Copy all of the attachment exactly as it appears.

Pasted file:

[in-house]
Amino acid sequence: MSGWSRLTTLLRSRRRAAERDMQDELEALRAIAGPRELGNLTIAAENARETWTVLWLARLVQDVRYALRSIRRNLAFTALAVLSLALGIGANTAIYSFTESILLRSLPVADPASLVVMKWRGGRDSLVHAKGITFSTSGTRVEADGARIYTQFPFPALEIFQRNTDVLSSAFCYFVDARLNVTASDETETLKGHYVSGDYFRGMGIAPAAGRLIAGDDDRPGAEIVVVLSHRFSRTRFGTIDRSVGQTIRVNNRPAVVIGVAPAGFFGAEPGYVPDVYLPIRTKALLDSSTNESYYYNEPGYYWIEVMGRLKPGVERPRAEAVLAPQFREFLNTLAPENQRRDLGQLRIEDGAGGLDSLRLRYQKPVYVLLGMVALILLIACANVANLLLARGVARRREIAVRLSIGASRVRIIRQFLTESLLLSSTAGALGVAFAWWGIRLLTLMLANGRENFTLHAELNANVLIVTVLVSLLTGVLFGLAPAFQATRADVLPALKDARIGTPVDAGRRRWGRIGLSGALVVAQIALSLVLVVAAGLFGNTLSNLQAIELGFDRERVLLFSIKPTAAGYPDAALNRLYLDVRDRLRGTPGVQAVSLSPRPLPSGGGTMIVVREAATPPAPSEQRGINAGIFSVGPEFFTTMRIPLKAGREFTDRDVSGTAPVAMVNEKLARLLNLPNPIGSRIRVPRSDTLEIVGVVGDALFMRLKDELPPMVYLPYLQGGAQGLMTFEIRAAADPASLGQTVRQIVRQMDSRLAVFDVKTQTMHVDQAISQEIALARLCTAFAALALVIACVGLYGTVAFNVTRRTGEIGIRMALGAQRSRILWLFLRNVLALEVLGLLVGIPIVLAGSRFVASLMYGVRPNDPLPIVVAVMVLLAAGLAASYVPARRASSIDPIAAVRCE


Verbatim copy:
[in-house]
Amino acid sequence: MSGWSRLTTLLRSRRRAAERDMQDELEALRAIAGPRELGNLTIAAENARETWTVLWLARLVQDVRYALRSIRRNLAFTALAVLSLALGIGANTAIYSFTESILLRSLPVADPASLVVMKWRGGRDSLVHAKGITFSTSGTRVEADGARIYTQFPFPALEIFQRNTDVLSSAFCYFVDARLNVTASDETETLKGHYVSGDYFRGMGIAPAAGRLIAGDDDRPGAEIVVVLSHRFSRTRFGTIDRSVGQTIRVNNRPAVVIGVAPAGFFGAEPGYVPDVYLPIRTKALLDSSTNESYYYNEPGYYWIEVMGRLKPGVERPRAEAVLAPQFREFLNTLAPENQRRDLGQLRIEDGAGGLDSLRLRYQKPVYVLLGMVALILLIACANVANLLLARGVARRREIAVRLSIGASRVRIIRQFLTESLLLSSTAGALGVAFAWWGIRLLTLMLANGRENFTLHAELNANVLIVTVLVSLLTGVLFGLAPAFQATRADVLPALKDARIGTPVDAGRRRWGRIGLSGALVVAQIALSLVLVVAAGLFGNTLSNLQAIELGFDRERVLLFSIKPTAAGYPDAALNRLYLDVRDRLRGTPGVQAVSLSPRPLPSGGGTMIVVREAATPPAPSEQRGINAGIFSVGPEFFTTMRIPLKAGREFTDRDVSGTAPVAMVNEKLARLLNLPNPIGSRIRVPRSDTLEIVGVVGDALFMRLKDELPPMVYLPYLQGGAQGLMTFEIRAAADPASLGQTVRQIVRQMDSRLAVFDVKTQTMHVDQAISQEIALARLCTAFAALALVIACVGLYGTVAFNVTRRTGEIGIRMALGAQRSRILWLFLRNVLALEVLGLLVGIPIVLAGSRFVASLMYGVRPNDPLPIVVAVMVLLAAGLAASYVPARRASSIDPIAAVRCE